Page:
The Chinese Economic Reform — as Seen by Hungarian Economists

  • Janos Kornai
  • Zsuzsa Dániel


On the invitation of the Chinese Academy of Sciences, we spent four weeks in China in 1985. Although we have read a great deal of studies about China, by no means do we pretend to be experts on the subject. We have been studying the economy of Hungary—our own country—of ten million inhabitants for long decades, and we still feel we do not know it enough. How could we understand China—with a population a hundred times as large as Hungary’s—with a desirable degree of thoroughness only relying on a few books, several conversations, and a visit of four weeks? All we can undertake is to record first impressions.


Reform Process Chinese Economic Socialist Country Profit Motive Soft Budget Constraint 
These keywords were added by machine and not by the authors. This process is experimental and the keywords may be updated as the learning algorithm improves.


Unable to display preview. Download preview PDF.

Unable to display preview. Download preview PDF.


  1. [1]
    Griffin K (1985) Radical Analysis of Imperialism, the Third World and the Transition to Socialism, In: Journal of Economic Literature, vol 23, September (ohne Ort)Google Scholar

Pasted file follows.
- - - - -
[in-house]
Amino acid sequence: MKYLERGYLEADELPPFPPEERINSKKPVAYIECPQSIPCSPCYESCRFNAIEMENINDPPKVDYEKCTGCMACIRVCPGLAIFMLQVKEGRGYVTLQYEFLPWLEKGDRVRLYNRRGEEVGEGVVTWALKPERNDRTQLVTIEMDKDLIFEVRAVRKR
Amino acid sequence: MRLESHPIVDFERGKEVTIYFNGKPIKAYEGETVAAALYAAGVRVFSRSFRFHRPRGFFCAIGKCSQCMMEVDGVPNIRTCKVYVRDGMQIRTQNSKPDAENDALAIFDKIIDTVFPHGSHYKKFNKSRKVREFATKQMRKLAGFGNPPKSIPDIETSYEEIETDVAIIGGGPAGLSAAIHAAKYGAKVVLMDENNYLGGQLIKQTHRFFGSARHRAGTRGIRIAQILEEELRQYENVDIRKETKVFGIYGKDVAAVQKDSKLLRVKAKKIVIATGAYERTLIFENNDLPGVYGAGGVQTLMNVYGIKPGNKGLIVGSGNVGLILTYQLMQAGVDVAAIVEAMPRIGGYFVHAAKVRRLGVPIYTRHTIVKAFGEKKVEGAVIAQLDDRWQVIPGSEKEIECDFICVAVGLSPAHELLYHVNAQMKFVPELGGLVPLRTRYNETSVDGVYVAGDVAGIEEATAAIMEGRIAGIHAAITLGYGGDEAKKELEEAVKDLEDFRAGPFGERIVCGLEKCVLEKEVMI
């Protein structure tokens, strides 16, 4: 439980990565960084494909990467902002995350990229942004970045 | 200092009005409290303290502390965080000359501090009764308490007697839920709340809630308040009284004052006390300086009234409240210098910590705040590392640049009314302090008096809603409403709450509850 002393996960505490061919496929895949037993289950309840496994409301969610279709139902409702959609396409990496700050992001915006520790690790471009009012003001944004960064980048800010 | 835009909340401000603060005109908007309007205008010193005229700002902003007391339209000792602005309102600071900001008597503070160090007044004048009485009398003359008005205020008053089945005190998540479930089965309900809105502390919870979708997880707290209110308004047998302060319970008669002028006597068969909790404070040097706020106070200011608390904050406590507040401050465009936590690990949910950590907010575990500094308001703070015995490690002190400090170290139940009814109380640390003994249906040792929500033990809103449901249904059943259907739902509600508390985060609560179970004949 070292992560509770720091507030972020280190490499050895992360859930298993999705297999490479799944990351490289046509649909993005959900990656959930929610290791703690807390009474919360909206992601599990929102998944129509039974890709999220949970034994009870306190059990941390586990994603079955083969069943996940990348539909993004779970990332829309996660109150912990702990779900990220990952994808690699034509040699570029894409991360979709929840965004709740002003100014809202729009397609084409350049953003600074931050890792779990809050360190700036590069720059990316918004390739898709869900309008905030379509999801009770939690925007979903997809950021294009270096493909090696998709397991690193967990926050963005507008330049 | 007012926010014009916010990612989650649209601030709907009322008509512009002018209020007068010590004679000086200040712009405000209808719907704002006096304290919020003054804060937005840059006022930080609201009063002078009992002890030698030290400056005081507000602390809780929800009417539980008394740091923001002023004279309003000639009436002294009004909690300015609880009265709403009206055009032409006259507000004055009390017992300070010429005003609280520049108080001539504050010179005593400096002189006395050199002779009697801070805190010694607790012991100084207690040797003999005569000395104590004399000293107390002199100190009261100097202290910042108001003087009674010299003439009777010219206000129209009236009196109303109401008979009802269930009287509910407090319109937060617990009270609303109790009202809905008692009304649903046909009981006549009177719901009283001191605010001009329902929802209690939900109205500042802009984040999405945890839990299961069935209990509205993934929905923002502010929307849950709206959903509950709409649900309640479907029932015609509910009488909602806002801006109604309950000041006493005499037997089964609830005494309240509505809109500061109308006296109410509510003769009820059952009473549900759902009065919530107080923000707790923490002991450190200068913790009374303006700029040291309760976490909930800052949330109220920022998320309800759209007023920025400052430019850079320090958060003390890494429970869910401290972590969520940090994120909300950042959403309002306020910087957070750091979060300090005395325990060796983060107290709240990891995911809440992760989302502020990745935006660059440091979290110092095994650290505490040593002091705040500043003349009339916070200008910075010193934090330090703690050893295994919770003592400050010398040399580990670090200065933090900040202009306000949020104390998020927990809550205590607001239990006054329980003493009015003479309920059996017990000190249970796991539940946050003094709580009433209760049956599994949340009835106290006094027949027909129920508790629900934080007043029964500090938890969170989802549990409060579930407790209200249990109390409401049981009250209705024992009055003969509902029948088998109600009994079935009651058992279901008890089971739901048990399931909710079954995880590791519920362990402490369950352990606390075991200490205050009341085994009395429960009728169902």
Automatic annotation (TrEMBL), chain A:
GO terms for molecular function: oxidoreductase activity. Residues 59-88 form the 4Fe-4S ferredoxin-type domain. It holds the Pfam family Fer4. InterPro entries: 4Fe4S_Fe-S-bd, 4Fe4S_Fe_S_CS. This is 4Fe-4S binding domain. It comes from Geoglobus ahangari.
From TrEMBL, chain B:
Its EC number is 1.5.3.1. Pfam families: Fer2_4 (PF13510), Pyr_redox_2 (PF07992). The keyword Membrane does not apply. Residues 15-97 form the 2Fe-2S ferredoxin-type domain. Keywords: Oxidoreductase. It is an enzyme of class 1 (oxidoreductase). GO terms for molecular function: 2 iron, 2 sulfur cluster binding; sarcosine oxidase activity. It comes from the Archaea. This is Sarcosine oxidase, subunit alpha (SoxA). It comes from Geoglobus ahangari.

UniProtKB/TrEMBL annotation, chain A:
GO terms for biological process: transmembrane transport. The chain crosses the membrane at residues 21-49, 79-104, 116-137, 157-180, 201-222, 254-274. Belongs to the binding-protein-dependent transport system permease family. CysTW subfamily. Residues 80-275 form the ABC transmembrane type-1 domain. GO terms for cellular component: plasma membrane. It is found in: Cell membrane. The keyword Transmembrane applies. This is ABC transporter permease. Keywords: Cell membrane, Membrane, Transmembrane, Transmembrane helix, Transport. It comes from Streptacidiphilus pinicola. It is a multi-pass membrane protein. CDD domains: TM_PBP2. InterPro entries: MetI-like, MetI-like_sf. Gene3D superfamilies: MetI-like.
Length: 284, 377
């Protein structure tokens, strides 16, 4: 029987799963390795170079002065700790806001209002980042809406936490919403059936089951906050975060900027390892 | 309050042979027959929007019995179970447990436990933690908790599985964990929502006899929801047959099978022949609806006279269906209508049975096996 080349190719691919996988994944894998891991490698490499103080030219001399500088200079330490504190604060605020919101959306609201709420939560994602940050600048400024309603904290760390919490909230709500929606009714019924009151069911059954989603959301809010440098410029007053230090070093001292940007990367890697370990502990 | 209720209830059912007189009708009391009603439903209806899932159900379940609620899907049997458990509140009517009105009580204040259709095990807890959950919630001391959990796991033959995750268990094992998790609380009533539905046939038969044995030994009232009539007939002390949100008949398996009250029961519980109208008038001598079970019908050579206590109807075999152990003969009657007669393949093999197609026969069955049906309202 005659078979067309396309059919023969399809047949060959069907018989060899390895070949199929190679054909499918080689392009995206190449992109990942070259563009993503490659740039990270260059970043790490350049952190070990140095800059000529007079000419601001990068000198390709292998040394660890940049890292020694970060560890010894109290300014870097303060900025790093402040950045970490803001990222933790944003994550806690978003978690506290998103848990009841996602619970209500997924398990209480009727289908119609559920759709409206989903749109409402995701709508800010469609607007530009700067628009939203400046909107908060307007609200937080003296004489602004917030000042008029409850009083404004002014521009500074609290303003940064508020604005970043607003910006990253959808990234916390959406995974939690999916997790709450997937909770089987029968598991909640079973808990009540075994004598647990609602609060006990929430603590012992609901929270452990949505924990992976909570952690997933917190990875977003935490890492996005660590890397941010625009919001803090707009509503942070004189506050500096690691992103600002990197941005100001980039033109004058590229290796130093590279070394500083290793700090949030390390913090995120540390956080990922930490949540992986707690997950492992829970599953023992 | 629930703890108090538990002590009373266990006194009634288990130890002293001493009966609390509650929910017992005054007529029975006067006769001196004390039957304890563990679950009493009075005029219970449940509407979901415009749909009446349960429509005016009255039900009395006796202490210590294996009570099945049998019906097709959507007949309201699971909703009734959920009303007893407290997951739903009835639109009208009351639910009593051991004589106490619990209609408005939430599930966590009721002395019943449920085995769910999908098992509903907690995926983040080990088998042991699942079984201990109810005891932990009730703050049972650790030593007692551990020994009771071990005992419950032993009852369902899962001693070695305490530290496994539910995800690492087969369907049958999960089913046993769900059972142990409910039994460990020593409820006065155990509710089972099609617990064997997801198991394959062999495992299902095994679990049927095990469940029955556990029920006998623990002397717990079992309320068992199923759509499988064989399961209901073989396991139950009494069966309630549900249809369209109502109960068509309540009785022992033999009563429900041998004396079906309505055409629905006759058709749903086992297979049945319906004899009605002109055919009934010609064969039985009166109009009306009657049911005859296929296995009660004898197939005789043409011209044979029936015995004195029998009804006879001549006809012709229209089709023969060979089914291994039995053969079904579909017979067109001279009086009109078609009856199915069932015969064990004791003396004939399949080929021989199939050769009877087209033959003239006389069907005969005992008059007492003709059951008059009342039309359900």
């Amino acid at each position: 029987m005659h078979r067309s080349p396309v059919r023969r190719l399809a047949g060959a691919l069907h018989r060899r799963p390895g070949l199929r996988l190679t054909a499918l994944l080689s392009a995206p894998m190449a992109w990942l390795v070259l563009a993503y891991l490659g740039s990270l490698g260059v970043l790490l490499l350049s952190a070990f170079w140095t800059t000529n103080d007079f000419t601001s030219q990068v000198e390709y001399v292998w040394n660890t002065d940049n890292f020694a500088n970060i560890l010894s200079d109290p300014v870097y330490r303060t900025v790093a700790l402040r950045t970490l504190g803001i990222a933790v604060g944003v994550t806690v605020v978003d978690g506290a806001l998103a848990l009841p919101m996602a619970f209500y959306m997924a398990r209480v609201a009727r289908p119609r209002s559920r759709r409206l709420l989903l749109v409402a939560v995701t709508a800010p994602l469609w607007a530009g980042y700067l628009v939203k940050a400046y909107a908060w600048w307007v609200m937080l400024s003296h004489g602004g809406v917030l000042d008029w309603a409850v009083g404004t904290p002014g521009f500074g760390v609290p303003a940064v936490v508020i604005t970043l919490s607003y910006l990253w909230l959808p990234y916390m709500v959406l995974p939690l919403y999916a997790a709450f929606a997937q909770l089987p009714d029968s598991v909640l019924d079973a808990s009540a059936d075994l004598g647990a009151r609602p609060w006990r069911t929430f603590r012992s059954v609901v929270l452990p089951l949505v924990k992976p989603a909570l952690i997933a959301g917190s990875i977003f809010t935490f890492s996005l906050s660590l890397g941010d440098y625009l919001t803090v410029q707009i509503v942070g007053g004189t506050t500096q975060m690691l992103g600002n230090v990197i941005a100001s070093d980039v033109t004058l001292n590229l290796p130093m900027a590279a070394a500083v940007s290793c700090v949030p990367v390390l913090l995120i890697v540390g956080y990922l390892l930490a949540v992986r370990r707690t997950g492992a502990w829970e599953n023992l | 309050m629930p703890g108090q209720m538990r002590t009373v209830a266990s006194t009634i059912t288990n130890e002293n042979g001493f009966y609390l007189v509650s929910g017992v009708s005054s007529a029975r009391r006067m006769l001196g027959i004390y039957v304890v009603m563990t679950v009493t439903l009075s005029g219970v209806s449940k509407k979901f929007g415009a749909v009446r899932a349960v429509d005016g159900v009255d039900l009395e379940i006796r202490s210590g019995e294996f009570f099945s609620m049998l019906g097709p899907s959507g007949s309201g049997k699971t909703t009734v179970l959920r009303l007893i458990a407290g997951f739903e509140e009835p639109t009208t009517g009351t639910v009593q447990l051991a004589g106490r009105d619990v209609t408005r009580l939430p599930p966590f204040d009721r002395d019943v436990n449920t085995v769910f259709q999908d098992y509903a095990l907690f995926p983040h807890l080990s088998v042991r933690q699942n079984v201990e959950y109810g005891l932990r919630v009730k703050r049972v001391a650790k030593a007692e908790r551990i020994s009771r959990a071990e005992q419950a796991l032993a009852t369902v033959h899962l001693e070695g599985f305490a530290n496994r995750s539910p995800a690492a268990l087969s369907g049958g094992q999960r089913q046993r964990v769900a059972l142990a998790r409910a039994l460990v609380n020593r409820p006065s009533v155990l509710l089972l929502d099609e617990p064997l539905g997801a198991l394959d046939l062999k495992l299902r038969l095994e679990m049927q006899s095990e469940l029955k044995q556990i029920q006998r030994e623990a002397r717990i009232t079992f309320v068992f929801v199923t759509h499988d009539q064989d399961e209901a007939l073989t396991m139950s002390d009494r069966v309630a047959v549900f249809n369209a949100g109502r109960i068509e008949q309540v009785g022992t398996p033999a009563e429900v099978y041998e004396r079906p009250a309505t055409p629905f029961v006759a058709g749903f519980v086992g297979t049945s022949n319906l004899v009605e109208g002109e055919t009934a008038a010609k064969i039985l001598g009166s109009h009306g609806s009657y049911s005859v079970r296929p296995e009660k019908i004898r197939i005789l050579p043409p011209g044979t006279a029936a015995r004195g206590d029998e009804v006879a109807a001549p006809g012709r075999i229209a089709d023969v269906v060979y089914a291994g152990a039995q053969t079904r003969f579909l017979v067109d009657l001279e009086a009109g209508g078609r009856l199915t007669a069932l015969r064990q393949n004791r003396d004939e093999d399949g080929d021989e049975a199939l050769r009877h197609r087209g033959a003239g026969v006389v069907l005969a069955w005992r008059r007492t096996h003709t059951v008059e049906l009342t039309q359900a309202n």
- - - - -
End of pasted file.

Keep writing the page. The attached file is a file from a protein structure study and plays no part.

2. [2]
    Jordan G (1985) Kina mezögazdasága ma — változások és tendenciák. Közgazdasági Szemle, 10. BudapestGoogle Scholar
  3. [3]
    Kornai J (1980) Economics of Shortage. North-Holland, AmsterdamGoogle Scholar
  4. [4]
    Solinger J (1984) Three Versions of Chinese Socialism. BoulderGoogle Scholar
  5. [5]
    Tardos M (1985) A szabályozott piac kialakitásának feltételei. Közgazdasagi Szemle, 11 BudapestGoogle Scholar
  6. [6]
    Wong C (1985) The Political Economy of Reform in Post-Mao China. Harvard University Press, CambridgeGoogle Scholar
  7. [7]
    Wood A (ed) (1985) China-long-term Development Issues and Options. World Bank, Baltimore, LondonGoogle Scholar
  8. [8]
    World Bank (1982) World Product and Income. WashingtonGoogle Scholar
  9. [9]
    World Bank (1983) China: Socialist Development. WashingtonGoogle Scholar

Copyright information

© Springer Verlag Berlin · Heidelberg 1989

Authors and Affiliations

  • Janos Kornai
    • 1
  • Zsuzsa Dániel
    • 2
  1. 1.Institute of EconomicsHungarian Academy of Sciences, Budapest XIBudapestHungary
  2. 2.Institute of PlanningNational Planning Office, Budapest VBudapestHungary

Personalised recommendations